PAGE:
I returned to my seat where another dear friend handed me a tissue for my drippy mascara cheeks.  As I glanced around the softly lit room I saw the faces of the older women, those who have gone before, beautifully lifted toward their father.

They’ve lived this season, with young ones, lonely days learning the rhythms of grace.  Oh father may that be me someday, a little more wrinkly and lot more gracious.  May I have eyes for the younger ones and bless them with encouragement and prayers, kind words and surrogate mothering.

As I prepared to write this I breathed a simple prayer, may my broken connection to God’s grace speak to yours if you have one.

May we work together to change our seasons, out of crusty, dry graceless days and into a lush spring valley, full of green grace.  May we begin measuring our beauty by the great worth God sees when he looks upon us and give up our weights and measures.

Three years a daughter, Three years a mother

Saturday was the best day I’ve had in ever so long.  So much so that I’m fairly certain I told my husband how content and overjoyed I was nearly 20 times as we sat together and wound down from the busyness of the day.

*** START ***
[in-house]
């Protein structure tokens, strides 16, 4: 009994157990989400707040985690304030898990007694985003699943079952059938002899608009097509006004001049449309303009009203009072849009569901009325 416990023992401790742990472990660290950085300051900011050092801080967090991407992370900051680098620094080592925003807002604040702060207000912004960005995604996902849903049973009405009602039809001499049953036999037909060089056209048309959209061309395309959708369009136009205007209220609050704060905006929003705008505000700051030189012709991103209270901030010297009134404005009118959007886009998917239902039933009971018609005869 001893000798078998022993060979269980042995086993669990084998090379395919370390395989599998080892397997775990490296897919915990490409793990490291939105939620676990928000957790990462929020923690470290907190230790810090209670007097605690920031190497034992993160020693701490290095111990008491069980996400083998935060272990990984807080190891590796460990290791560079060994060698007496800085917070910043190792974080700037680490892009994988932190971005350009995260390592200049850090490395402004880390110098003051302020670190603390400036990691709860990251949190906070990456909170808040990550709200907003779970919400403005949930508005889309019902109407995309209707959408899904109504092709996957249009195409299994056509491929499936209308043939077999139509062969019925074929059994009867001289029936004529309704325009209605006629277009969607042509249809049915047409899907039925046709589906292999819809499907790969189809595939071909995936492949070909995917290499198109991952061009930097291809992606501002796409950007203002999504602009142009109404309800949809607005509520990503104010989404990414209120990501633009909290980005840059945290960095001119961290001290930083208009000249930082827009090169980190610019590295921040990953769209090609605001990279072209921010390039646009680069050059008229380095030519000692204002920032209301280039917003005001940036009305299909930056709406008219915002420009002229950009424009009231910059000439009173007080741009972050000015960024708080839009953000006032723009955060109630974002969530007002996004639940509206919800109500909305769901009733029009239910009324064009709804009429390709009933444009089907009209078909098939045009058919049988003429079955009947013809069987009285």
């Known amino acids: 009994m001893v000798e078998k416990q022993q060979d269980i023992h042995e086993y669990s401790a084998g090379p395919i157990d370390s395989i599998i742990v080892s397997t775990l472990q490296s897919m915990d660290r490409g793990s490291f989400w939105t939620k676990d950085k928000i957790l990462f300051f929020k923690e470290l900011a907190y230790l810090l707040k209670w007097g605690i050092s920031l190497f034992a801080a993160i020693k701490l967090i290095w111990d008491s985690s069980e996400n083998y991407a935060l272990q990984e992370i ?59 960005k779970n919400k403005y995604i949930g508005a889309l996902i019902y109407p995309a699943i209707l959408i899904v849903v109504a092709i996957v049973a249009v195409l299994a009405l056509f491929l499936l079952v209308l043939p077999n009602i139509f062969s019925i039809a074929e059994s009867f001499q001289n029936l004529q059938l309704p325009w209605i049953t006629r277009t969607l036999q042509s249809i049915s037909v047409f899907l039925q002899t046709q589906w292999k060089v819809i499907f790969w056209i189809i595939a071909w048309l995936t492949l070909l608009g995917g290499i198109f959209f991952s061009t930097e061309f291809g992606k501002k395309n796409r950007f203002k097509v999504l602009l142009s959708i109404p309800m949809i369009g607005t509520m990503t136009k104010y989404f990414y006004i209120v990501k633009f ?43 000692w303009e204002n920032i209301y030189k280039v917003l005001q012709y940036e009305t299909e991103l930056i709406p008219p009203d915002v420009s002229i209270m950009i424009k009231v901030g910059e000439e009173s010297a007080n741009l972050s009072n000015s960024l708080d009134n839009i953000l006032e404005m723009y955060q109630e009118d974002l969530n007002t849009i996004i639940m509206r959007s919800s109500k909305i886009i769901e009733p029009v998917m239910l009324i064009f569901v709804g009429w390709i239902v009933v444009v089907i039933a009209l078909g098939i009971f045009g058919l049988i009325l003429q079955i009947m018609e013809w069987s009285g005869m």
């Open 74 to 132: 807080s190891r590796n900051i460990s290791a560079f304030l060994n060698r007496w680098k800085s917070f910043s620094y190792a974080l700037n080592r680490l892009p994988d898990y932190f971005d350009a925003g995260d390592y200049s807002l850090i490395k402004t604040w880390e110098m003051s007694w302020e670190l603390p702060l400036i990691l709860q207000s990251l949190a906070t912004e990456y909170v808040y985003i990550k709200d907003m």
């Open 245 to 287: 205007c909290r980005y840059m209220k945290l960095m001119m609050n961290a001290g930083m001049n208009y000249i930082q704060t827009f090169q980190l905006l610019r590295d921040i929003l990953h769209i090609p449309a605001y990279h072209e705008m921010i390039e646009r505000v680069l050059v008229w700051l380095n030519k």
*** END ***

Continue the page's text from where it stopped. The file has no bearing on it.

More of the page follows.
Yesterday we celebrated three years of our oldest, our daughter Noelle.

Noelle Ava on her birthday from birth to three

The more I stop and really see my children the more overwhelmed I am with how much beauty God poured into each of them.  My Noelle is fully of curiosity, joy and compassion.  She was given a doctor play set by her grandma and she has been attempting to “feel us better” ever since with TLC and immense determination, watch out or you could take a pretend needle to the face.

I sit here at my breakfast table listening to the thunder and rain and reflecting on this morning three years ago.  In a small hospital room, exhausted with a freshly cut C-section scar across my abdomen.  I was trying to walk without abs and praying to learn how to nurse and swaddle my freshly given baby girl.